Injections of liquidities
Purchases of bonds by the Bank of Canada for its account
Repurchases of bonds of the national debt by the Bank of Canada
Source : Bank of Canada Banking and Financial Statitics

4. In order to understand the above table, it should be known that, when the federal government makes budgetary surpluses, when it taxes more than it spends, when it takes more money from the citizens than it gives to them, the banking system loses from its reserves of liquidities an amount equal to the budgetary surplus and must reconstitute them by becoming a purchaser or a borrower, of liquid funds, on the money market.

It is easy then to understand that, when the banks seek to borrow an amount almost equal to a budgetary surplus of 14 billion $ such as, for example, in 2001, there are strong probabilities that the interest rate raises. Since the interest rate, on the money market, and at a given time, is always the one desired by the Central Bank, the Bank of Canada will intervene to prevent the rise of the interest rate, by injecting liquidities through securities purchases for its own account or by repurchases of the national debt bonds on behalf of the federal government.

If the right pocket of the federal government is the budget, and if the left pocket of the government is the Bank of Canada, and finally, if the pocket of behind is the Administration of the debt, one can say that the budgetary surpluses of the right pocket were carried out by emptying the left pocket and the back pocket, which hardly constitutes a net enrichment for the government.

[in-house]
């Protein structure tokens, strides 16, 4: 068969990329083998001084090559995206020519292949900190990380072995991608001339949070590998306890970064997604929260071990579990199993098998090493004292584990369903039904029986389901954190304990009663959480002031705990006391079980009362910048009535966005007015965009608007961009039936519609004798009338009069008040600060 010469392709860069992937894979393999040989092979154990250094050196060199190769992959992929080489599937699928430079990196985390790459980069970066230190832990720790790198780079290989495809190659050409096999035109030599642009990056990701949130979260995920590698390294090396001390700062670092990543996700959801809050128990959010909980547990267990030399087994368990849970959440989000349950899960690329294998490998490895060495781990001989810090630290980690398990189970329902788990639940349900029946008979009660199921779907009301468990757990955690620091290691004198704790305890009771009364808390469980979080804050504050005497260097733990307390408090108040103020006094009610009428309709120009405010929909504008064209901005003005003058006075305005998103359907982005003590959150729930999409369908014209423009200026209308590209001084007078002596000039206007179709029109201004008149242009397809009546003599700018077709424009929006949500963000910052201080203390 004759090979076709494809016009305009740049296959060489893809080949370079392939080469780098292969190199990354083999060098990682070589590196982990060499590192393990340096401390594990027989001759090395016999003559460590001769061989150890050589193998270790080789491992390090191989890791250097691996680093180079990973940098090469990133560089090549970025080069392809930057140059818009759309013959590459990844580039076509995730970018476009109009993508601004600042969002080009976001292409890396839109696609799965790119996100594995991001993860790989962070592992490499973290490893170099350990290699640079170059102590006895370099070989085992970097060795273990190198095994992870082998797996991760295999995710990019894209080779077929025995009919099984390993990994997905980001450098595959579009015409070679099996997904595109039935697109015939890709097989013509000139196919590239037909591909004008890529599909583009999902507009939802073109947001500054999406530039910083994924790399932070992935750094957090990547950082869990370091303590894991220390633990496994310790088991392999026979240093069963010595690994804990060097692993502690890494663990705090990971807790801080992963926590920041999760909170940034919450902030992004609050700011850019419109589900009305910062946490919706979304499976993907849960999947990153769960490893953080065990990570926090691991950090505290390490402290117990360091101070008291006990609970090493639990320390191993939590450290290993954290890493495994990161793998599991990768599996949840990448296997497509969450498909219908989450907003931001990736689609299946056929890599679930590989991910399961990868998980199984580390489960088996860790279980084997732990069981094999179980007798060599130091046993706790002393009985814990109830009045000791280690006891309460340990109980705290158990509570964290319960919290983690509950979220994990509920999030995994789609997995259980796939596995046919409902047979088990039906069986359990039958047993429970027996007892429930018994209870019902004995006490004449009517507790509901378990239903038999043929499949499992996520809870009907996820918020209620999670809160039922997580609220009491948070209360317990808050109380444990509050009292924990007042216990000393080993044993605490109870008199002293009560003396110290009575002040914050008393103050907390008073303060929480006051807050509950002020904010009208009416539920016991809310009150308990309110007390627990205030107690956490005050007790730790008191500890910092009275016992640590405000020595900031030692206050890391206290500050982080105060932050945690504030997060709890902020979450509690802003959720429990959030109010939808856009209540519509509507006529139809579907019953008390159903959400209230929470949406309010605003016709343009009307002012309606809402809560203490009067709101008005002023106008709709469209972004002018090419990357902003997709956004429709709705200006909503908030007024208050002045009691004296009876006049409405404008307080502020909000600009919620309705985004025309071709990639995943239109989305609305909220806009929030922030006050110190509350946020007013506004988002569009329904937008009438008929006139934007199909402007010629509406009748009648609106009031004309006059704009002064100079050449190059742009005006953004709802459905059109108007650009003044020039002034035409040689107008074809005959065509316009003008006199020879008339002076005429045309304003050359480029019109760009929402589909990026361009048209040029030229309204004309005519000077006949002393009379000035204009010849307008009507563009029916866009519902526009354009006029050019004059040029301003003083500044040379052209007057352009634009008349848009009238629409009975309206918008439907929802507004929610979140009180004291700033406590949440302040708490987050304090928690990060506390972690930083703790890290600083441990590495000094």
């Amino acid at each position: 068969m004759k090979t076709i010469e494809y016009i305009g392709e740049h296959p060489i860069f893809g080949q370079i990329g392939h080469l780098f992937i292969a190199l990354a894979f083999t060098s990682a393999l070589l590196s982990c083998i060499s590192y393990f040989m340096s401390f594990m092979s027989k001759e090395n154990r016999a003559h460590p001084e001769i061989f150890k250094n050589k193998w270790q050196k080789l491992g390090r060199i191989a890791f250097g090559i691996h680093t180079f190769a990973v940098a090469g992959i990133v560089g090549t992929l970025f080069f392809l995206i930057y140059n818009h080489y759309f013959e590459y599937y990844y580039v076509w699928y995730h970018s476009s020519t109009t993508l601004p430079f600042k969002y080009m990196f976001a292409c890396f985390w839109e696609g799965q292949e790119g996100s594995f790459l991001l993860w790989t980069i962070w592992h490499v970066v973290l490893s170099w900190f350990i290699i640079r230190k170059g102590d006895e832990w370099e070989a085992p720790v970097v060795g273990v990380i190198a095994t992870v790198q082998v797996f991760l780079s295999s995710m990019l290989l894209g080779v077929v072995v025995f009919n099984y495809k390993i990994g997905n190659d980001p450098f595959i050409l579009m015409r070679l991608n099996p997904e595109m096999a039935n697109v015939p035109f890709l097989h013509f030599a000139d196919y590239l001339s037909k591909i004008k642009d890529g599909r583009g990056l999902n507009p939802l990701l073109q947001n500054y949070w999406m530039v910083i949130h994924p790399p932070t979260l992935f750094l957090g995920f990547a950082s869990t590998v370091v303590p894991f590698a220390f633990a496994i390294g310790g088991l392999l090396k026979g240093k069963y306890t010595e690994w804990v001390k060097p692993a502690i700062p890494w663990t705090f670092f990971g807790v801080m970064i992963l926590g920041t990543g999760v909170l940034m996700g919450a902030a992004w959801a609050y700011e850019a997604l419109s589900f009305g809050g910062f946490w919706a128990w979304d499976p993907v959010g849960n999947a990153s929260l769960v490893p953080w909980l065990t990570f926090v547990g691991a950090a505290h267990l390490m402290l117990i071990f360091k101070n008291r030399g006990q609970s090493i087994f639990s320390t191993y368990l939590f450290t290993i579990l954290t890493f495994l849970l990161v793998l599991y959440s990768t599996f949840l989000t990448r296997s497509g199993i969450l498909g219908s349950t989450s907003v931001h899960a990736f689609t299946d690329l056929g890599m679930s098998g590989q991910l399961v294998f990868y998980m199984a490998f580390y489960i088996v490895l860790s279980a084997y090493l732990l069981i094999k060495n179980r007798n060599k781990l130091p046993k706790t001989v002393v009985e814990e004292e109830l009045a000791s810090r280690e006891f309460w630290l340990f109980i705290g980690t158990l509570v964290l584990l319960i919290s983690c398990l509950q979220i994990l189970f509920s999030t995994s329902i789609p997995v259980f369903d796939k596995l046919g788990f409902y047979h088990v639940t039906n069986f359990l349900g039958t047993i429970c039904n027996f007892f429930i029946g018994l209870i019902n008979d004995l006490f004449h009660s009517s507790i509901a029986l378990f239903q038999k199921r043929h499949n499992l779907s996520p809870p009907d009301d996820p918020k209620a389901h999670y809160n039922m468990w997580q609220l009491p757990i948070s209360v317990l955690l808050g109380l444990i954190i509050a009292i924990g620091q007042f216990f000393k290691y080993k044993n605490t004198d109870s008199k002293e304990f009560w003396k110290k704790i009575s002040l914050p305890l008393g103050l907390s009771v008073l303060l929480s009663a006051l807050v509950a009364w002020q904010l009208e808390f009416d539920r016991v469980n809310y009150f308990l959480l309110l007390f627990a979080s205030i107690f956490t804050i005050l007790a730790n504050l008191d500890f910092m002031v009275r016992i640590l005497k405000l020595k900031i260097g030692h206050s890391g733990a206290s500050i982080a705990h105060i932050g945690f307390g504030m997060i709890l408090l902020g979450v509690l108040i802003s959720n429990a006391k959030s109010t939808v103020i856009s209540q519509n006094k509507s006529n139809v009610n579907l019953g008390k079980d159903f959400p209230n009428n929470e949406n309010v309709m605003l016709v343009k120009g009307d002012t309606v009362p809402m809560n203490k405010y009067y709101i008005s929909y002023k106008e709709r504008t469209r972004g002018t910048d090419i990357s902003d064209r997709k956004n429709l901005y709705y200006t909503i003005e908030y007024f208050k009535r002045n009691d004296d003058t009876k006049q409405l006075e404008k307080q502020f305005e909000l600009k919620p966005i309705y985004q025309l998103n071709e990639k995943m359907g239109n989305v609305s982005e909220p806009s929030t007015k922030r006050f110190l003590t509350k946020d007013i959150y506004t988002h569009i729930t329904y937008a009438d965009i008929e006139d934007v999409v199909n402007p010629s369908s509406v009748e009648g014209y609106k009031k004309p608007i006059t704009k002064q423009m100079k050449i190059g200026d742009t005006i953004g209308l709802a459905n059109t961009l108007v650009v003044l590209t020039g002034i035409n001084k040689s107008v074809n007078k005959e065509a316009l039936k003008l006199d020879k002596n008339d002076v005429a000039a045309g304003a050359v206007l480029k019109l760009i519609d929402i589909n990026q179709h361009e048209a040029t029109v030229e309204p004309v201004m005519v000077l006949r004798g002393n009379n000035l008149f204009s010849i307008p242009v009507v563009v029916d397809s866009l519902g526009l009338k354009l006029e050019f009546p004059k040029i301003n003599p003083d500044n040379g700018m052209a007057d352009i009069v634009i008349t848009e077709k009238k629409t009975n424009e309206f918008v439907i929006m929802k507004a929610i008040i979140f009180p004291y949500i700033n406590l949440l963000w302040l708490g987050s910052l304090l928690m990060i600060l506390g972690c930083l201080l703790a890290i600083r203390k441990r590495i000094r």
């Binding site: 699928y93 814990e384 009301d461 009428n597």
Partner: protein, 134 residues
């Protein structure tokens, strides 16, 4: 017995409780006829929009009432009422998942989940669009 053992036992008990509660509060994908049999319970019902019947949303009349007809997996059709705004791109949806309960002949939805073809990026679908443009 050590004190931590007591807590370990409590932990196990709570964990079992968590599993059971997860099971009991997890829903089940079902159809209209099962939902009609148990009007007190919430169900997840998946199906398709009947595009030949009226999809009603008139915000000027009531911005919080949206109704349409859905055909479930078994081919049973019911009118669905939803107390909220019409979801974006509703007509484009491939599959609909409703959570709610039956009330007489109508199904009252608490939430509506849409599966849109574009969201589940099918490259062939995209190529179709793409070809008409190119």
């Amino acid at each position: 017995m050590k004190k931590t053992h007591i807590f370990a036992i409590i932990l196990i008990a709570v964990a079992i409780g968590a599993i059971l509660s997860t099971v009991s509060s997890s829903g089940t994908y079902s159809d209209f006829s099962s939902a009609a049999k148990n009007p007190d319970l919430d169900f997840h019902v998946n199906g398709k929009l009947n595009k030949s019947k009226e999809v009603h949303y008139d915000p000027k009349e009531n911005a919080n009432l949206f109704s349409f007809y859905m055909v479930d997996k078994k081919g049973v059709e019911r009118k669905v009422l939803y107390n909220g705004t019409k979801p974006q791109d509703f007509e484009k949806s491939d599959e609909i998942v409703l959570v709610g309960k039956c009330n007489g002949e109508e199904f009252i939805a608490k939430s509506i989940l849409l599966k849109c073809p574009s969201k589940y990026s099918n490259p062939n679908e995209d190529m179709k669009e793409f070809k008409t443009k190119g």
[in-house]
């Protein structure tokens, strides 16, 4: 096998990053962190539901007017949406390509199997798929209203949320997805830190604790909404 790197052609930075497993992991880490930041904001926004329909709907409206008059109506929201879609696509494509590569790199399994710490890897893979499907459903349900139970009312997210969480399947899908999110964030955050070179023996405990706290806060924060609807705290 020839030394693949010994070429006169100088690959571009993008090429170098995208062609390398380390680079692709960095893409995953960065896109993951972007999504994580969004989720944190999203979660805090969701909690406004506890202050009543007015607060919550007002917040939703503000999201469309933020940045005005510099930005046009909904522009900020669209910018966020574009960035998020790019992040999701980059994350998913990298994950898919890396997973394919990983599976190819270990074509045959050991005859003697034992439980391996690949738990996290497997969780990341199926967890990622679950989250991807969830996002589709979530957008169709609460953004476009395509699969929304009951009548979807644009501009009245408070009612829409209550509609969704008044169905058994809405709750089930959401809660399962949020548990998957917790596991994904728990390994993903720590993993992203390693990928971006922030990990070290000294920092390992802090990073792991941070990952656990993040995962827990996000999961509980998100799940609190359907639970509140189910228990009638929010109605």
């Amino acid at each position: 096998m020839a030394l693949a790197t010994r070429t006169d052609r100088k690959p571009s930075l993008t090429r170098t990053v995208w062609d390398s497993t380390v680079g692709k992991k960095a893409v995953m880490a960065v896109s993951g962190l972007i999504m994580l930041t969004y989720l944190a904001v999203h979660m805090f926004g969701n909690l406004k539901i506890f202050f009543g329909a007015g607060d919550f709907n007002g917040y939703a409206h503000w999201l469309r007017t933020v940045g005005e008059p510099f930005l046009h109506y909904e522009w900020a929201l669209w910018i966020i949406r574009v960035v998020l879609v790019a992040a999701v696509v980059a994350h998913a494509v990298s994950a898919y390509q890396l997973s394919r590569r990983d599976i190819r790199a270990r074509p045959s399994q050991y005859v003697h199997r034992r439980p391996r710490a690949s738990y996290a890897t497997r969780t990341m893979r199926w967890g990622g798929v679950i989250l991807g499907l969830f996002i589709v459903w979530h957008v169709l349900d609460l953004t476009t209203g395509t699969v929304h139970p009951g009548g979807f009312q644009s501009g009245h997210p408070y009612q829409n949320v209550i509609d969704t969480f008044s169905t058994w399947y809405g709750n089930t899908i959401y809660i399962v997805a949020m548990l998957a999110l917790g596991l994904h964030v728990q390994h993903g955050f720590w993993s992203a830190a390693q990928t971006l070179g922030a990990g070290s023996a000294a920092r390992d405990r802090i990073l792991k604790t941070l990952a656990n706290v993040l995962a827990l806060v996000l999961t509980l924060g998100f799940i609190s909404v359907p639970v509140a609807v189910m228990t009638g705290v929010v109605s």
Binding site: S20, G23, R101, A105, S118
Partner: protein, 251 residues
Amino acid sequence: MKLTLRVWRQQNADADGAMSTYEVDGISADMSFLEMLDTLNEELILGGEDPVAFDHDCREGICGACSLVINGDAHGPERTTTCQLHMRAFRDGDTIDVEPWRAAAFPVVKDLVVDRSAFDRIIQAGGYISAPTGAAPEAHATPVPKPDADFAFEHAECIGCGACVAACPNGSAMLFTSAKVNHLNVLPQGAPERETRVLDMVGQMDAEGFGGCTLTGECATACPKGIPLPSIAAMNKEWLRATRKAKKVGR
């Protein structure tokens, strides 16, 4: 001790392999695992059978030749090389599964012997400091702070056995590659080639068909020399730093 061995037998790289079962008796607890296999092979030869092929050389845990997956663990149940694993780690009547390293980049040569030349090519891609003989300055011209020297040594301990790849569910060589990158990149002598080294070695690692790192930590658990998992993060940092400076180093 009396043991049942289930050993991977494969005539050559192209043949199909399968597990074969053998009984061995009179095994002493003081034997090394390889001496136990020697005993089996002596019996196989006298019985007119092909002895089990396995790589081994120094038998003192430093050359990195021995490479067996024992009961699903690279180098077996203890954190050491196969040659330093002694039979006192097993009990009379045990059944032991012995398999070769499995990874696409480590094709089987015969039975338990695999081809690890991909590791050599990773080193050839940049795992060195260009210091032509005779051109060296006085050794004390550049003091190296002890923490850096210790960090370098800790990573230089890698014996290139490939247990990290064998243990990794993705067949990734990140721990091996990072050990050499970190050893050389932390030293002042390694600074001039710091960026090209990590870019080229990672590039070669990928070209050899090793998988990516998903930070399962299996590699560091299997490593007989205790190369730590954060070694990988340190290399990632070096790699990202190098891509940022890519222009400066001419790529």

From the table above we can understand three points:

a) First, the tax imbalance of the Quebec Minister of finance, Mr. Yves Séguin, is a stupidity to be charged to his personal liability and the liability of the Quebec government;

b) Second, the resistance of Paul Martin to the requests of money by the Provinces is not, a feign anger, but simply the attitude of someone who does not have money and who has be wrong to trumpet that he has surpluses to impress the businessmen for whom the State does differ from a business and the poor operators of Bay Street, thus behaving in that like the bosses of Enron, Worldcom etc. who adulterated with the financial statements so as to make on paper the profits they were unable to make on the ground;